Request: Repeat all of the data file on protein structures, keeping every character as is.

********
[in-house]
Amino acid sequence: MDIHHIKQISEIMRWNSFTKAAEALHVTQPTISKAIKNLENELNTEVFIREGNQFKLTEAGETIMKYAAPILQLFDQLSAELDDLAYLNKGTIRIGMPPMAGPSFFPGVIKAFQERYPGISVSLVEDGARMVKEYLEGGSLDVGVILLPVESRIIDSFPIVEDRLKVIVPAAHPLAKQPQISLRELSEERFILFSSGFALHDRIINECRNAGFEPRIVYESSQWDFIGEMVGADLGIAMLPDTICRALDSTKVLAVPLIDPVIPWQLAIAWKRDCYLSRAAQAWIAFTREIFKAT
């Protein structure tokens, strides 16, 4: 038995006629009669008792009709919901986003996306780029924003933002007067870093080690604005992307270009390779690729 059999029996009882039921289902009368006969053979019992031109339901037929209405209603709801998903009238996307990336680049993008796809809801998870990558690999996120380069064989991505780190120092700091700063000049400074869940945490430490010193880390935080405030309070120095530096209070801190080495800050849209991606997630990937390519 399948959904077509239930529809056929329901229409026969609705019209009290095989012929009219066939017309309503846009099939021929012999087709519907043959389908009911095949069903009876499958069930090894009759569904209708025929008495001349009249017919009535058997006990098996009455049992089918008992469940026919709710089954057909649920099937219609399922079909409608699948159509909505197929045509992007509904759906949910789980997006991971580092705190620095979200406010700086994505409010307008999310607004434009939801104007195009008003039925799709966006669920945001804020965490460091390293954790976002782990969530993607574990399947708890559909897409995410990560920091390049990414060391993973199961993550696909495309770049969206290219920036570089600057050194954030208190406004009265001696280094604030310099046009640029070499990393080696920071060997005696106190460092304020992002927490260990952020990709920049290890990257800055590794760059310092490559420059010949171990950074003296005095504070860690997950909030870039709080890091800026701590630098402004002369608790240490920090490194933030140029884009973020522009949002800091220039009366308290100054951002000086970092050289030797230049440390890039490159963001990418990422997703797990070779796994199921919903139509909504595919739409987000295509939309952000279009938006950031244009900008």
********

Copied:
[in-house]
Amino acid sequence: MDIHHIKQISEIMRWNSFTKAAEALHVTQPTISKAIKNLENELNTEVFIREGNQFKLTEAGETIMKYAAPILQLFDQLSAELDDLAYLNKGTIRIGMPPMAGPSFFPGVIKAFQERYPGISVSLVEDGARMVKEYLEGGSLDVGVILLPVESRIIDSFPIVEDRLKVIVPAAHPLAKQPQISLRELSEERFILFSSGFALHDRIINECRNAGFEPRIVYESSQWDFIGEMVGADLGIAMLPDTICRALDSTKVLAVPLIDPVIPWQLAIAWKRDCYLSRAAQAWIAFTREIFKAT
């Protein structure tokens, strides 16, 4: 038995006629009669008792009709919901986003996306780029924003933002007067870093080690604005992307270009390779690729 059999029996009882039921289902009368006969053979019992031109339901037929209405209603709801998903009238996307990336680049993008796809809801998870990558690999996120380069064989991505780190120092700091700063000049400074869940945490430490010193880390935080405030309070120095530096209070801190080495800050849209991606997630990937390519 399948959904077509239930529809056929329901229409026969609705019209009290095989012929009219066939017309309503846009099939021929012999087709519907043959389908009911095949069903009876499958069930090894009759569904209708025929008495001349009249017919009535058997006990098996009455049992089918008992469940026919709710089954057909649920099937219609399922079909409608699948159509909505197929045509992007509904759906949910789980997006991971580092705190620095979200406010700086994505409010307008999310607004434009939801104007195009008003039925799709966006669920945001804020965490460091390293954790976002782990969530993607574990399947708890559909897409995410990560920091390049990414060391993973199961993550696909495309770049969206290219920036570089600057050194954030208190406004009265001696280094604030310099046009640029070499990393080696920071060997005696106190460092304020992002927490260990952020990709920049290890990257800055590794760059310092490559420059010949171990950074003296005095504070860690997950909030870039709080890091800026701590630098402004002369608790240490920090490194933030140029884009973020522009949002800091220039009366308290100054951002000086970092050289030797230049440390890039490159963001990418990422997703797990070779796994199921919903139509909504595919739409987000295509939309952000279009938006950031244009900008």